Why Feminists Need to Seize the Memes of Production

by Iida Käyhkö and Camille Barbagallo

Culture matters. Mainstream culture reflects and shapes the dominant ideas and behaviours of our society. For many people, perhaps even the majority of us – women, people with disabilities, people of colour, queer people, the poor – mainstream cultural representations are often derogatory and offensive, or we are simply missing from the picture. White, middle-class, heterosexual men dominate our society and consequently our culture. Masculinity is consistently centre stage – the benchmark against which we are all measured.

The splintering of mainstream culture into online enclaves has supposedly created spaces in which these norms can be questioned and cultural hierarchies challenged. How disappointing, then, that the online arsenal of the British left is currently dominated by what we’re calling ‘progressive laddism’, a subculture that repositions masculinity, and a very limited image of masculinity at that, at its very centre.

Progressive laddism attempts to rehabilitate and redeem lad culture through widening the definition of the ‘lad’ to include women and queer people. Despite having supposedly engaged with feminist and queer concerns about how gender and sexuality are represented, progressive laddism still centres masculinity, mixing caricatures of working class masculinity, such as pub culture, beer and football with LadBible banter through the medium of memes. This has become the dominant online output of the left, promoting a simplistic idea of masculinity and excluding and marginalising everyone else.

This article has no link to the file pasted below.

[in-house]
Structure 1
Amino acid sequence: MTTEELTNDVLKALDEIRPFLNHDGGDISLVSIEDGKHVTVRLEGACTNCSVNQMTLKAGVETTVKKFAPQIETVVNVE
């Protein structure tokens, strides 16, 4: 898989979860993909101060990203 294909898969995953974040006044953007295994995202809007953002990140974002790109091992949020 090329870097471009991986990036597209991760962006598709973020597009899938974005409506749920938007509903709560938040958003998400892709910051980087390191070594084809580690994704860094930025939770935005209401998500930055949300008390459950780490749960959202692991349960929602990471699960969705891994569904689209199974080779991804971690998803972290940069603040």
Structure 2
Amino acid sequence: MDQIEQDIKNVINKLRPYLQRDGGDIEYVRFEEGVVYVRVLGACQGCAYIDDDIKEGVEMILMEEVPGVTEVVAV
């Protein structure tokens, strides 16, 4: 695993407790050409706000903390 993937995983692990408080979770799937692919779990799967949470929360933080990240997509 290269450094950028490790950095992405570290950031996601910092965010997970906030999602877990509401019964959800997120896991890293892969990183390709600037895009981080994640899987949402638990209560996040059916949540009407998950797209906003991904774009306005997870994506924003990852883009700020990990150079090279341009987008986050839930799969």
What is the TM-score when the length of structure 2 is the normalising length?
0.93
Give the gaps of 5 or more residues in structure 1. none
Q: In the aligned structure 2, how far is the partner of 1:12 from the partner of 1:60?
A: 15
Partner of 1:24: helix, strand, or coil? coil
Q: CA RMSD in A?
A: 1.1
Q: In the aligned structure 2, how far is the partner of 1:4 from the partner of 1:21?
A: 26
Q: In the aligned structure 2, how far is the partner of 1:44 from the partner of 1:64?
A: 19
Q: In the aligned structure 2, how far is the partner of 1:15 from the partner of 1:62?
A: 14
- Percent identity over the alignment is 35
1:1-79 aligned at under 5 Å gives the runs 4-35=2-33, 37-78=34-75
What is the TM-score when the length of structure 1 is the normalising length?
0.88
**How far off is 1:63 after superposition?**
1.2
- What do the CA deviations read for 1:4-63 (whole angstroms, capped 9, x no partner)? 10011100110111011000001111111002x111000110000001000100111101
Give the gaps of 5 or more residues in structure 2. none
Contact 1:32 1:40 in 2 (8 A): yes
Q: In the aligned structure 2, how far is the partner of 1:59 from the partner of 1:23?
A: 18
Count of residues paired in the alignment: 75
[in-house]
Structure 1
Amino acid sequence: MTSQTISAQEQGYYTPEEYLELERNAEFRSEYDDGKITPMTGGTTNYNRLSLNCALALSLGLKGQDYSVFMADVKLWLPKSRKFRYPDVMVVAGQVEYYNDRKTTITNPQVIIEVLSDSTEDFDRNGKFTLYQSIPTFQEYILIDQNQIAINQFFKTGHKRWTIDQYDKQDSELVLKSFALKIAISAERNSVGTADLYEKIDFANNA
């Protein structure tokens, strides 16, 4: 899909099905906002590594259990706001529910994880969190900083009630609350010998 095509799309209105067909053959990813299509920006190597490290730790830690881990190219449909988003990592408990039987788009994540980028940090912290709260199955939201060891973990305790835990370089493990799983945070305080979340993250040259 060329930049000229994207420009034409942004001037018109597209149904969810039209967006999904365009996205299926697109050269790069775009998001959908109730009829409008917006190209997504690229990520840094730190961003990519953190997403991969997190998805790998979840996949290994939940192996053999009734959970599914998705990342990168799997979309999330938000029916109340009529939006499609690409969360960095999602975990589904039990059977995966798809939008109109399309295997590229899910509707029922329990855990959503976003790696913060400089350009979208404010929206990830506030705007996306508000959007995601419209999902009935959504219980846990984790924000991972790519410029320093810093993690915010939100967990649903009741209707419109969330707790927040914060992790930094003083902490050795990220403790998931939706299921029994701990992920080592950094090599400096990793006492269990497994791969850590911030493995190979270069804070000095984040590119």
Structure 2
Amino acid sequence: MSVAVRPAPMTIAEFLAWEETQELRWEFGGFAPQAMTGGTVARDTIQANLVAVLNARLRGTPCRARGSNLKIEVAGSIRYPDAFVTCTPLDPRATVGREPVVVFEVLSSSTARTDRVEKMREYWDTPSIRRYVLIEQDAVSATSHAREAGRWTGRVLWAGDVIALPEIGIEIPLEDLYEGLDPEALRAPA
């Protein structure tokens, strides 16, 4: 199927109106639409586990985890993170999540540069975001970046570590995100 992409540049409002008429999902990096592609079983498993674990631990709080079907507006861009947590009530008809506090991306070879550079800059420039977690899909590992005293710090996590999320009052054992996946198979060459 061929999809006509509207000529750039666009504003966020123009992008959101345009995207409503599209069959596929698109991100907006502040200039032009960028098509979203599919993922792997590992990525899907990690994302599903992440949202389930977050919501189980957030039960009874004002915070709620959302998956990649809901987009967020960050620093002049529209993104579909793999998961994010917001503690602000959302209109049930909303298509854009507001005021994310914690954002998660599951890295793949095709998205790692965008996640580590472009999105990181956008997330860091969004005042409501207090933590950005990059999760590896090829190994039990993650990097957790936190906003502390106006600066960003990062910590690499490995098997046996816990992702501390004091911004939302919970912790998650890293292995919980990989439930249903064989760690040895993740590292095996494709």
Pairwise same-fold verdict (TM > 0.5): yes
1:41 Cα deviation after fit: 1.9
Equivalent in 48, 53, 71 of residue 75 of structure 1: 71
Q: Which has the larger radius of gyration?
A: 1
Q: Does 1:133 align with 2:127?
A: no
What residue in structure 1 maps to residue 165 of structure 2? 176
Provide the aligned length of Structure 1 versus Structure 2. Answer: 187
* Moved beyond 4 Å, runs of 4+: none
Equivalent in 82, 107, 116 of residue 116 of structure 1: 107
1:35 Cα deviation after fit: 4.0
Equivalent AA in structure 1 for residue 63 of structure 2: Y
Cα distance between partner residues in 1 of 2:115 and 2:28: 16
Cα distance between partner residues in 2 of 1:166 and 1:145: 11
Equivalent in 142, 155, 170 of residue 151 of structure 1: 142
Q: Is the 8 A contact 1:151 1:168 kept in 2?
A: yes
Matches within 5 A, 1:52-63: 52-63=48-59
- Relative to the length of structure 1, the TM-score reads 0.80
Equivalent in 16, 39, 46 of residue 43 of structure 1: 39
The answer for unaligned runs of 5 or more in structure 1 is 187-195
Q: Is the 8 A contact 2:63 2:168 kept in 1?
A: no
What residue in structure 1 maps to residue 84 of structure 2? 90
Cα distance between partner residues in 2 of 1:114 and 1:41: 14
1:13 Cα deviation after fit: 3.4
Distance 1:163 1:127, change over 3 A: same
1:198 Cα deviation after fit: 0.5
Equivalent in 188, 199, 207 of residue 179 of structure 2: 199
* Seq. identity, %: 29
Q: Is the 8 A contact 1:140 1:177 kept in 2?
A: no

Memes are a simplistic form of communication, and one that has for some time been monopolised by the far right. Uncritically repurposing these memes fails to challenge – or even acknowledge – the sexism and homophobia of almost all online spaces. In many so-called progressive memes women are presented as marginal figures or objects of ridicule, while non-masculine or queer men are vilified.

 June 8 Shitposting Social Club, arguably the behemoth of leftist meme pages, with almost 50,000 followers, consistently frames banter and a performance of male heterosexuality as measuring sticks for acceptable masculinity. They’ve pioneered the style proliferated by a growing number of meme pages, such as UCU Strikeposting – a page that despite its niche follower base of students in support of the university strikes has gained over 4,000 followers in the last two months and exemplify the proliferation of this meme culture among the student left. Some recent examples from the page include ridiculing a man in a pink blazer and a screen-grab from a porn site in which a naked woman saying “it’s so big” is framed as a reference to “student-worker solidarity”. While, a screen-shot of a text reading “It’s time for lecturers to strike your ass with that long hard dick of industrial action” manages to be simultaneously sexist and homophobic.

UCU Strikeposting

Time and time again these memes make use of language that’s exclusionary – Corbyn becomes the “absolute boy”, everyone else is a “socialist boi” or “strikey boi”. Whether or not “boi” is a term borrowed from queer culture is largely irrelevant in this context; it invites everyone to identify as a “boi”. And this is exactly the problem.

June 8 Shitposting Social Club